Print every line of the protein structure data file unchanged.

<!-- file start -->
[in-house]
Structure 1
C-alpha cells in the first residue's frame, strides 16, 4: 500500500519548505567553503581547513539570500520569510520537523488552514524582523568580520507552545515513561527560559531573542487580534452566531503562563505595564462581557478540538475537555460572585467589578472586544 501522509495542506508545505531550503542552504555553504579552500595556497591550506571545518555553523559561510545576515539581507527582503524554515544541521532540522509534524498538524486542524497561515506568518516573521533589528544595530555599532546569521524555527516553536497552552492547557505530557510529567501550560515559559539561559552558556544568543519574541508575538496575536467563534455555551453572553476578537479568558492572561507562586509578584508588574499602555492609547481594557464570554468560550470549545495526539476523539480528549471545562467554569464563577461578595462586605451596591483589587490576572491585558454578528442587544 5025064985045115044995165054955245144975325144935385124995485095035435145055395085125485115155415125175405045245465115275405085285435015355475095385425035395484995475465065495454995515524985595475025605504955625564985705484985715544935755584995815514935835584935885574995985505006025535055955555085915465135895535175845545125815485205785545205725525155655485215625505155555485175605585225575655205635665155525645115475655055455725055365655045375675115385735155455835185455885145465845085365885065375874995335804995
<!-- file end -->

[in-house]
Structure 1
C-alpha cells in the first residue's frame, strides 16, 4: 500500500519548505567553503581547513539570500520569510520537523488552514524582523568580520507552545515513561527560559531573542487580534452566531503562563505595564462581557478540538475537555460572585467589578472586544 501522509495542506508545505531550503542552504555553504579552500595556497591550506571545518555553523559561510545576515539581507527582503524554515544541521532540522509534524498538524486542524497561515506568518516573521533589528544595530555599532546569521524555527516553536497552552492547557505530557510529567501550560515559559539561559552558556544568543519574541508575538496575536467563534455555551453572553476578537479568558492572561507562586509578584508588574499602555492609547481594557464570554468560550470549545495526539476523539480528549471545562467554569464563577461578595462586605451596591483589587490576572491585558454578528442587544 5025064985045115044995165054955245144975325144935385124995485095035435145055395085125485115155415125175405045245465115275405085285435015355475095385425035395484995475465065495454995515524985595475025605504955625564985705484985715544935755584995815514935835584935885574995985505006025535055955555085915465135895535175845545125815485205785545205725525155655485215625505155555485175605585225575655205635665155525645115475655055455725055365655045375675115385735155455835185455885145465845085365885065375874995335804995